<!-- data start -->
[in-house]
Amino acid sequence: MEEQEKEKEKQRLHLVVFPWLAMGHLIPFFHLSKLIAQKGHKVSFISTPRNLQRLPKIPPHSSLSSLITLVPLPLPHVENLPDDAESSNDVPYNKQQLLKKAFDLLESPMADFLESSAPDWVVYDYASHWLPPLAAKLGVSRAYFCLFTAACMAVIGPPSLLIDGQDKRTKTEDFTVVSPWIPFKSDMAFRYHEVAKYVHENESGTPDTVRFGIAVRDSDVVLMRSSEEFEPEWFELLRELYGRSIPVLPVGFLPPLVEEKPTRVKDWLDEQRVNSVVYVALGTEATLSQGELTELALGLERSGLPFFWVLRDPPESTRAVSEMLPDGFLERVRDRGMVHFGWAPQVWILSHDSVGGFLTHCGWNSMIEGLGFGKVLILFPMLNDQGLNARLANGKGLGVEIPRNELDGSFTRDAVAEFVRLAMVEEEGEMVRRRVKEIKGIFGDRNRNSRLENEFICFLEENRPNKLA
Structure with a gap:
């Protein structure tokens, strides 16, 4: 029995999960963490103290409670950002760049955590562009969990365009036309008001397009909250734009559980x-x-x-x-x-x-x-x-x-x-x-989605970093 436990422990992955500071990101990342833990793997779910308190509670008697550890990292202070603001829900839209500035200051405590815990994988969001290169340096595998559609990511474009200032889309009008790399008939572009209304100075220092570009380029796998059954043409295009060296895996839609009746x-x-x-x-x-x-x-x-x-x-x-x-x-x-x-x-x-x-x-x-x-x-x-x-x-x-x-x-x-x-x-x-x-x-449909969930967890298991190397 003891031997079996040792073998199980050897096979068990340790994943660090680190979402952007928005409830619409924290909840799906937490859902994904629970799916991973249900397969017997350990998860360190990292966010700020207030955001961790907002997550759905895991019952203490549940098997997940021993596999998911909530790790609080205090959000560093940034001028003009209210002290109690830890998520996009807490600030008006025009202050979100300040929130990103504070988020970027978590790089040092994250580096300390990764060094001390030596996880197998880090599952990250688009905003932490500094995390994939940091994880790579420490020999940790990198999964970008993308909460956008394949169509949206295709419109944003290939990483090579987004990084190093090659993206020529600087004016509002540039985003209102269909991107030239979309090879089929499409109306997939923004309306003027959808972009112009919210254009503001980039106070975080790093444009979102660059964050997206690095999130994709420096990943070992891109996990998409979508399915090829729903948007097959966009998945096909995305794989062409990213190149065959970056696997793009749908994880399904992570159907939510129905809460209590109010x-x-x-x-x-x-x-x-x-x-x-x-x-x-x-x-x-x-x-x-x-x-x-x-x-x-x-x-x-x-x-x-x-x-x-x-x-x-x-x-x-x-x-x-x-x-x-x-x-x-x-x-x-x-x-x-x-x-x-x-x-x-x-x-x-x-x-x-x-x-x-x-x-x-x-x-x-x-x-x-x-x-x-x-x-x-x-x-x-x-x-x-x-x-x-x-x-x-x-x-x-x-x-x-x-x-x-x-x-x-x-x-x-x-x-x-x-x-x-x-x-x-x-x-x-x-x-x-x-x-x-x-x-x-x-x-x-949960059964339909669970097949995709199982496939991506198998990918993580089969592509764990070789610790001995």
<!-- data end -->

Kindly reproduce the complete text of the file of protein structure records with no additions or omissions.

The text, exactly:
[in-house]
Amino acid sequence: MEEQEKEKEKQRLHLVVFPWLAMGHLIPFFHLSKLIAQKGHKVSFISTPRNLQRLPKIPPHSSLSSLITLVPLPLPHVENLPDDAESSNDVPYNKQQLLKKAFDLLESPMADFLESSAPDWVVYDYASHWLPPLAAKLGVSRAYFCLFTAACMAVIGPPSLLIDGQDKRTKTEDFTVVSPWIPFKSDMAFRYHEVAKYVHENESGTPDTVRFGIAVRDSDVVLMRSSEEFEPEWFELLRELYGRSIPVLPVGFLPPLVEEKPTRVKDWLDEQRVNSVVYVALGTEATLSQGELTELALGLERSGLPFFWVLRDPPESTRAVSEMLPDGFLERVRDRGMVHFGWAPQVWILSHDSVGGFLTHCGWNSMIEGLGFGKVLILFPMLNDQGLNARLANGKGLGVEIPRNELDGSFTRDAVAEFVRLAMVEEEGEMVRRRVKEIKGIFGDRNRNSRLENEFICFLEENRPNKLA
Structure with a gap:
């Protein structure tokens, strides 16, 4: 029995999960963490103290409670950002760049955590562009969990365009036309008001397009909250734009559980x-x-x-x-x-x-x-x-x-x-x-989605970093 436990422990992955500071990101990342833990793997779910308190509670008697550890990292202070603001829900839209500035200051405590815990994988969001290169340096595998559609990511474009200032889309009008790399008939572009209304100075220092570009380029796998059954043409295009060296895996839609009746x-x-x-x-x-x-x-x-x-x-x-x-x-x-x-x-x-x-x-x-x-x-x-x-x-x-x-x-x-x-x-x-x-x-449909969930967890298991190397 003891031997079996040792073998199980050897096979068990340790994943660090680190979402952007928005409830619409924290909840799906937490859902994904629970799916991973249900397969017997350990998860360190990292966010700020207030955001961790907002997550759905895991019952203490549940098997997940021993596999998911909530790790609080205090959000560093940034001028003009209210002290109690830890998520996009807490600030008006025009202050979100300040929130990103504070988020970027978590790089040092994250580096300390990764060094001390030596996880197998880090599952990250688009905003932490500094995390994939940091994880790579420490020999940790990198999964970008993308909460956008394949169509949206295709419109944003290939990483090579987004990084190093090659993206020529600087004016509002540039985003209102269909991107030239979309090879089929499409109306997939923004309306003027959808972009112009919210254009503001980039106070975080790093444009979102660059964050997206690095999130994709420096990943070992891109996990998409979508399915090829729903948007097959966009998945096909995305794989062409990213190149065959970056696997793009749908994880399904992570159907939510129905809460209590109010x-x-x-x-x-x-x-x-x-x-x-x-x-x-x-x-x-x-x-x-x-x-x-x-x-x-x-x-x-x-x-x-x-x-x-x-x-x-x-x-x-x-x-x-x-x-x-x-x-x-x-x-x-x-x-x-x-x-x-x-x-x-x-x-x-x-x-x-x-x-x-x-x-x-x-x-x-x-x-x-x-x-x-x-x-x-x-x-x-x-x-x-x-x-x-x-x-x-x-x-x-x-x-x-x-x-x-x-x-x-x-x-x-x-x-x-x-x-x-x-x-x-x-x-x-x-x-x-x-x-x-x-x-x-x-x-x-949960059964339909669970097949995709199982496939991506198998990918993580089969592509764990070789610790001995």